3) Bring a snack. They won't feed you. Even if the host asks them to. Even if some guests don't show and you wind up being the "panim chadashos" at a Sheva Berachos. If the host follows up and asks a few times, you might eventually get fed.

4) Tape extension cords down 100% of their length, even if they tell you it's fine to leave it as you have set it, with only the exposed parts in trafficked areas taped down. Otherwise, at some point, someone will come and tape the rest of it down using the stickiest non-removable tape known to man. Your cord will be sticky for weeks.

As an aside, the best line of the evening came from one of the hosts, a mortgage broker by profession, who thanked the guests for coming out despite the current state of the market and taking a risk on a "sub-prime grill." (FYI, the venue was not Prime Grill.)

Here's something for the manager to consider.

When a client asks us to recommend a venue for their upcoming dinner party, which place do you think we'll suggest; your venue, or the restaurant we played last month, where the owner comped us a meal, and then took us out for drinks and live music at a nearby club?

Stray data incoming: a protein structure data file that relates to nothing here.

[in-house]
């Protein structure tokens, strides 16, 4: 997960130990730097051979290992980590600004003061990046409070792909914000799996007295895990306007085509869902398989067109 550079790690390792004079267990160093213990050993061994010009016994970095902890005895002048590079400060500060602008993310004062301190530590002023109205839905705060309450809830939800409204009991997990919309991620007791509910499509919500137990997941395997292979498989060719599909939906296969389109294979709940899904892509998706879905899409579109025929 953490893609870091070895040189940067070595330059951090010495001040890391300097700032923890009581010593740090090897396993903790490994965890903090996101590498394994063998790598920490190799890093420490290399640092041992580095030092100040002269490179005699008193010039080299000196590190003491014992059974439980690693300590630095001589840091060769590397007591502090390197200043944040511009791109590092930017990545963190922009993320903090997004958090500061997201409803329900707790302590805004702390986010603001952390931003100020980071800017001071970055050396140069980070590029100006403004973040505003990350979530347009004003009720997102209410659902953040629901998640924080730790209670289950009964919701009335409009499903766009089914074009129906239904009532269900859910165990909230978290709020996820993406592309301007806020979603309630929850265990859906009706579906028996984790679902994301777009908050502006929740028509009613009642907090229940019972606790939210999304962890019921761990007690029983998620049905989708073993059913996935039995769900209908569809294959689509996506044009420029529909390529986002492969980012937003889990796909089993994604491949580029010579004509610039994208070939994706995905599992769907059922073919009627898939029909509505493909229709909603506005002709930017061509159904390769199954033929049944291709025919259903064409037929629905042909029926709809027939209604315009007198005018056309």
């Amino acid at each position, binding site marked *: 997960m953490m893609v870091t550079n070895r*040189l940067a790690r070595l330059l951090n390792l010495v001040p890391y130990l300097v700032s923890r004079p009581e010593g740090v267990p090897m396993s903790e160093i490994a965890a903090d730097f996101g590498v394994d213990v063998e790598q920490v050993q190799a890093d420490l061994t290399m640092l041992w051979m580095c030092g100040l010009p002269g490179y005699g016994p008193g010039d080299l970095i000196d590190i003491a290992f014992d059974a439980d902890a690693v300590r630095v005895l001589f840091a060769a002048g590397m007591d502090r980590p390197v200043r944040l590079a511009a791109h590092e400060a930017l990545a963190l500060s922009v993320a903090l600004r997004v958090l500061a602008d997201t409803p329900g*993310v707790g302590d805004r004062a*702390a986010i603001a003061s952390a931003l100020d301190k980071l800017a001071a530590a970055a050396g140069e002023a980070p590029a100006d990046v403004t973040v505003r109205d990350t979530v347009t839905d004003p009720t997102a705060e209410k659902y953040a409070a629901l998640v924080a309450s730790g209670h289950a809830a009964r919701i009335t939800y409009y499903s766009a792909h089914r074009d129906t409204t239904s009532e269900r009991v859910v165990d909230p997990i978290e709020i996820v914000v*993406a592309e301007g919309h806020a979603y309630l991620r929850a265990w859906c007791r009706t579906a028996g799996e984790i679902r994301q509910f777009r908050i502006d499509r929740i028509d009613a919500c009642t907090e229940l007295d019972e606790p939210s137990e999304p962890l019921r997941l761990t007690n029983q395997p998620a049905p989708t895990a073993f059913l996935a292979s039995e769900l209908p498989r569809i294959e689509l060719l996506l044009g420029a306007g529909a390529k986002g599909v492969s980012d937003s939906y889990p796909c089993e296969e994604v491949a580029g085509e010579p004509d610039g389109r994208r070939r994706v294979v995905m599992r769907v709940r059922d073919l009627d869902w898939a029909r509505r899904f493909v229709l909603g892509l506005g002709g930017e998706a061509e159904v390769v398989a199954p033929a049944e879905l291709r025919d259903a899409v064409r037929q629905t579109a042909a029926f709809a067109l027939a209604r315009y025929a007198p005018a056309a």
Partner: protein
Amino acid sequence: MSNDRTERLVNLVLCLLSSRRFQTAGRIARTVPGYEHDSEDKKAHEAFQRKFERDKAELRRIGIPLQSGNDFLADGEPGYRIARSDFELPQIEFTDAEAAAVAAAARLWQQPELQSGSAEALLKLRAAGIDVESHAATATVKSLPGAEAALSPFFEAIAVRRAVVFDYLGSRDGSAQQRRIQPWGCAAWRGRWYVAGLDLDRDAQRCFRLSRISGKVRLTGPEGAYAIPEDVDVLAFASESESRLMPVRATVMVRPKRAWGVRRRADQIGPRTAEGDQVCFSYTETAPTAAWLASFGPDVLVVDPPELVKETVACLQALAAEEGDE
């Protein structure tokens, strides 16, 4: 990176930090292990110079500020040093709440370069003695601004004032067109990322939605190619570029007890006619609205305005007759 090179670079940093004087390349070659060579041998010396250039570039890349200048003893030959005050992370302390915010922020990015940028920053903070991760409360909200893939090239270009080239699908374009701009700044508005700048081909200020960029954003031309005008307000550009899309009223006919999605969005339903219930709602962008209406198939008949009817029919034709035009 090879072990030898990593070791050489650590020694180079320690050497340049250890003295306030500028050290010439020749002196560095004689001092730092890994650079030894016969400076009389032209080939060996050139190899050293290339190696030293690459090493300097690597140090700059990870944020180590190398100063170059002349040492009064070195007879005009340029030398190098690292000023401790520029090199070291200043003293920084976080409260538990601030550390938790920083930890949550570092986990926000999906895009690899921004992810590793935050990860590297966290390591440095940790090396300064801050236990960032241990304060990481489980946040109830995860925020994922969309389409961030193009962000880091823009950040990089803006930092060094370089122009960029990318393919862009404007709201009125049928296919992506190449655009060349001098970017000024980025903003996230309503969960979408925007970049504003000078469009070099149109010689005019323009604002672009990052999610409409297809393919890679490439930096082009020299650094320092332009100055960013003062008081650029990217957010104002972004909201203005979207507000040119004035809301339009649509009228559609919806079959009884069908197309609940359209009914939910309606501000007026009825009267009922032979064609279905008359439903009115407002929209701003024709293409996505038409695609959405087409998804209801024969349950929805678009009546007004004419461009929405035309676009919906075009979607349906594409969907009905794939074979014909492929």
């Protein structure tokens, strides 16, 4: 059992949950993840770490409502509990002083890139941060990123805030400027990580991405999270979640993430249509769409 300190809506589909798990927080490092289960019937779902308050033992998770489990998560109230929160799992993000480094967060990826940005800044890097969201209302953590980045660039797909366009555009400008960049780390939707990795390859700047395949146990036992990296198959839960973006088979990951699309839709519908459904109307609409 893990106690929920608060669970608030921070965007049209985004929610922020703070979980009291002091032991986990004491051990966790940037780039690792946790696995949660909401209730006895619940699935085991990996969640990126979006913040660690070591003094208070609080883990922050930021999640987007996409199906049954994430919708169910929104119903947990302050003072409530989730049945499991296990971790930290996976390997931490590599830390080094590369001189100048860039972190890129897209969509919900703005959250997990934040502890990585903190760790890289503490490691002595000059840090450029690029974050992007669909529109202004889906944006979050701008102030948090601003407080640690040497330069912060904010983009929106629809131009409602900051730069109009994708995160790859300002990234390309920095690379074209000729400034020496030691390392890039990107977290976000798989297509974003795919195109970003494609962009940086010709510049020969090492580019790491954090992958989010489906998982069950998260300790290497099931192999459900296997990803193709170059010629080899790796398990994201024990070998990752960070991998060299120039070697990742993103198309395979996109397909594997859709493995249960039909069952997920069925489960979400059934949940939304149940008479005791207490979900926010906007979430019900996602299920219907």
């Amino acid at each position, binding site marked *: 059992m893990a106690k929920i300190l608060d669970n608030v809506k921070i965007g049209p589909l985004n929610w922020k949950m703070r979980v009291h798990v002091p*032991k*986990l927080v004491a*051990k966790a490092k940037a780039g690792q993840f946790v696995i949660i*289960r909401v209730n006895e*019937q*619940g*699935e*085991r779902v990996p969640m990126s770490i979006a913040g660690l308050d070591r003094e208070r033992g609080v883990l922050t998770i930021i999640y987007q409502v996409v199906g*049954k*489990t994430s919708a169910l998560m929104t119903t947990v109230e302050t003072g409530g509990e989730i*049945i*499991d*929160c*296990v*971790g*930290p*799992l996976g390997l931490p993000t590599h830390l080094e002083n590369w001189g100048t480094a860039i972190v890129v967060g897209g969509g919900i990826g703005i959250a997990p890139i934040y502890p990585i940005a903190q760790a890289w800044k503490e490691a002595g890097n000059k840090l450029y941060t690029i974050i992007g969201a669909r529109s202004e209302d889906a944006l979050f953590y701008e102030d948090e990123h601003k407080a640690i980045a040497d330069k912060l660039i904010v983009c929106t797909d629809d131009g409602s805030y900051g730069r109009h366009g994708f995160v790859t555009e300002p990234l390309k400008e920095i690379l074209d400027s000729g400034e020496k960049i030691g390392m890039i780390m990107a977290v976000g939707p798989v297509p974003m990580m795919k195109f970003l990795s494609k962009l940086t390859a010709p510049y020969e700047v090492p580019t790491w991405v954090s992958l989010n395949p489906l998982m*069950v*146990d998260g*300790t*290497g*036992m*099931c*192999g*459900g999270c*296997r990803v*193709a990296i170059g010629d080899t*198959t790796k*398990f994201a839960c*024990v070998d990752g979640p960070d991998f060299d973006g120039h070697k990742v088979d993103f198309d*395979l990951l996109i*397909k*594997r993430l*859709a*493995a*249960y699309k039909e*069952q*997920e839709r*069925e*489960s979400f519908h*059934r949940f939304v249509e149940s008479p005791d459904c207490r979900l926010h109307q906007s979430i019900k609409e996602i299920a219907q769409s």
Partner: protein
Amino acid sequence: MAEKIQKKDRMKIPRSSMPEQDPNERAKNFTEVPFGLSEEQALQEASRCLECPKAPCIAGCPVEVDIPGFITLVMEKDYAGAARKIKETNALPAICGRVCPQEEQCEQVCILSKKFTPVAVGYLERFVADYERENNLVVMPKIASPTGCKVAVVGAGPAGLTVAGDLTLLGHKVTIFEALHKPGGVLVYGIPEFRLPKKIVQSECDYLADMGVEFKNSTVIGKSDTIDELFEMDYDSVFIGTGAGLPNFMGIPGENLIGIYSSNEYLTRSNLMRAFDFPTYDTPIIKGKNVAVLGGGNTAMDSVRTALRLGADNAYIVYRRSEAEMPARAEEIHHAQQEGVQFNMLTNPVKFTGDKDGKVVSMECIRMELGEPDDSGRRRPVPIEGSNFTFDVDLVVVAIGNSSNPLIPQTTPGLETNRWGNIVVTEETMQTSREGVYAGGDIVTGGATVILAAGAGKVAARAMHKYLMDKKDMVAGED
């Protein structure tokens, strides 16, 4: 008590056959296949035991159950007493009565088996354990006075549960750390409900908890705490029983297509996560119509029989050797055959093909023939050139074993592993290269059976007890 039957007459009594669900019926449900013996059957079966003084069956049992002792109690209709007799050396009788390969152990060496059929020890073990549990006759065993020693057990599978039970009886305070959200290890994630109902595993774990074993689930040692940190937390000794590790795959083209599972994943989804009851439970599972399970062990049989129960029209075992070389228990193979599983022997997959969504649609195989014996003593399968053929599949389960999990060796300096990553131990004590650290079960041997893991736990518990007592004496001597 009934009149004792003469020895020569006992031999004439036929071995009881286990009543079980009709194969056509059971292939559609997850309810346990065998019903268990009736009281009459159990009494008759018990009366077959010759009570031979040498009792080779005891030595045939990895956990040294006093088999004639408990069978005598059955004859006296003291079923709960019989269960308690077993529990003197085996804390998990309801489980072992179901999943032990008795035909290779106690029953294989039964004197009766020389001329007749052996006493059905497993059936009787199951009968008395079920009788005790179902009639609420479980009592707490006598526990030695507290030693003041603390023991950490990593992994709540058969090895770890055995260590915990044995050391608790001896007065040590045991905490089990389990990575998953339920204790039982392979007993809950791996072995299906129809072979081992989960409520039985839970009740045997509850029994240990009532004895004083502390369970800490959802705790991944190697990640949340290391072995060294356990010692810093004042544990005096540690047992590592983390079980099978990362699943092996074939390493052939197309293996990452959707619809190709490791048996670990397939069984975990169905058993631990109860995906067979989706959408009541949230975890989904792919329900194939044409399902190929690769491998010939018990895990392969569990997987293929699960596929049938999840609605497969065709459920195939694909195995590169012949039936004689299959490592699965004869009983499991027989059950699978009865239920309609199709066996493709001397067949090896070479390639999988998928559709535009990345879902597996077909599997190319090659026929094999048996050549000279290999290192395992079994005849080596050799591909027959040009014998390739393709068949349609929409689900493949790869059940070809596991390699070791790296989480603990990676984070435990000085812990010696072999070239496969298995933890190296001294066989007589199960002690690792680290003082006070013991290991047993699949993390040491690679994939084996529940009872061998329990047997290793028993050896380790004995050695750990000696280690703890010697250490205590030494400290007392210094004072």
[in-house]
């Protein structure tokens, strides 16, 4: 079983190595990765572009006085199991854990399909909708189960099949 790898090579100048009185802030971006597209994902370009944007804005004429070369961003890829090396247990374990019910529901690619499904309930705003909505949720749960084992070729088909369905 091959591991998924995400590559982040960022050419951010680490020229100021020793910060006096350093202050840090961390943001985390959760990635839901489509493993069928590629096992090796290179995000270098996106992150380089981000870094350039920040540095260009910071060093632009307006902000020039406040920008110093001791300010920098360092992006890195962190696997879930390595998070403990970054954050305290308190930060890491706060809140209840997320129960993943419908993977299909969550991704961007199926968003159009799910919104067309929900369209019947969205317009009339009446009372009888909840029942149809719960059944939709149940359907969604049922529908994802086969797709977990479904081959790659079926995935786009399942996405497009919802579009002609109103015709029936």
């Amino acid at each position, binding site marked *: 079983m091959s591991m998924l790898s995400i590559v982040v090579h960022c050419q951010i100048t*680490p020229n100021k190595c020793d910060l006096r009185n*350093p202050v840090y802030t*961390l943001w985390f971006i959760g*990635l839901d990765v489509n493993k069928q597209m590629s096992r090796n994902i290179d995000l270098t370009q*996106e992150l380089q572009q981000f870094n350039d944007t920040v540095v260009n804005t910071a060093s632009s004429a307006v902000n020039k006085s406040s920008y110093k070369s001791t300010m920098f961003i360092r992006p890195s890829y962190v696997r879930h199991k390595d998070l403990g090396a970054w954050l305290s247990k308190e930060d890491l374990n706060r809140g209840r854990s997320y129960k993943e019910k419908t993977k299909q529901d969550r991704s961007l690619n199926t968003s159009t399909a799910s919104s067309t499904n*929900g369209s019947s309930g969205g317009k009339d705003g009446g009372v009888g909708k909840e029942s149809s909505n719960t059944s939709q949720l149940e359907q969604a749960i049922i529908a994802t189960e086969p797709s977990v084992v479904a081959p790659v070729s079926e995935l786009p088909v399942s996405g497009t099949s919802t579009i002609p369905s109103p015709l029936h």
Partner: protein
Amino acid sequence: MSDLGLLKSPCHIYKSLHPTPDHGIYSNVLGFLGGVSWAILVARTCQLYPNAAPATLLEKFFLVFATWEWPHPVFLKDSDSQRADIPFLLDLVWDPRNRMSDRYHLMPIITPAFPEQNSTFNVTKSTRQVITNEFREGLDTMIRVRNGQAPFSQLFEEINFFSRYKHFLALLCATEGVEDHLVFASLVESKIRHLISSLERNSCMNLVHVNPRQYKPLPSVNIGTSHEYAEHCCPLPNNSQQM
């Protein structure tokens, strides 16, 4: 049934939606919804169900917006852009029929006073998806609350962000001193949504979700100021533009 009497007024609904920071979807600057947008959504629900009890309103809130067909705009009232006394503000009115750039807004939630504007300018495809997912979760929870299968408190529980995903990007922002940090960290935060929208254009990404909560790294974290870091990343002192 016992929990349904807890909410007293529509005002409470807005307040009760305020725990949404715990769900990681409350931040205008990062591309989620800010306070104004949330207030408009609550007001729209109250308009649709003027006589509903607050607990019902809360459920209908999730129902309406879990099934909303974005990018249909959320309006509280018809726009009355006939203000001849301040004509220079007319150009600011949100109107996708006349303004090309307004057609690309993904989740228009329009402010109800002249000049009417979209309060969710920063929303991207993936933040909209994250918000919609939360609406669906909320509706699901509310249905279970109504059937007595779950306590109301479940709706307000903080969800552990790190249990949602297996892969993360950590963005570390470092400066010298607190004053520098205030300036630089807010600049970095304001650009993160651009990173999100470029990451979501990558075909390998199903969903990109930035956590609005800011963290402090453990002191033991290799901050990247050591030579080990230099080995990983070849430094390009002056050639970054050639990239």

"Tis The Season for Peeps

"The Reluctant Dancer"

This peep joins the men's dance circle and shuffles 'round with a bored distant look on his face. Hey, thanks for doing us the favor! Really! It just wouldn't be the same without you.

"The Its Too Loud Shmuck"

A close relative of previously mentioned "Peeps', the "Its Too Loud Shmuck" deserves special mention for the fact that she can walk into a room while a dance set is going on (at moderate volume, we might add), start a conversation right in front of us, and then rudely demand that we turn down. Um, lady, the guests are dancing. Also, the bride and groom's grandparents are sitting not that much farther away from us, and are having no trouble at all conversing.

Mrs. "My Friend Is An Idiot"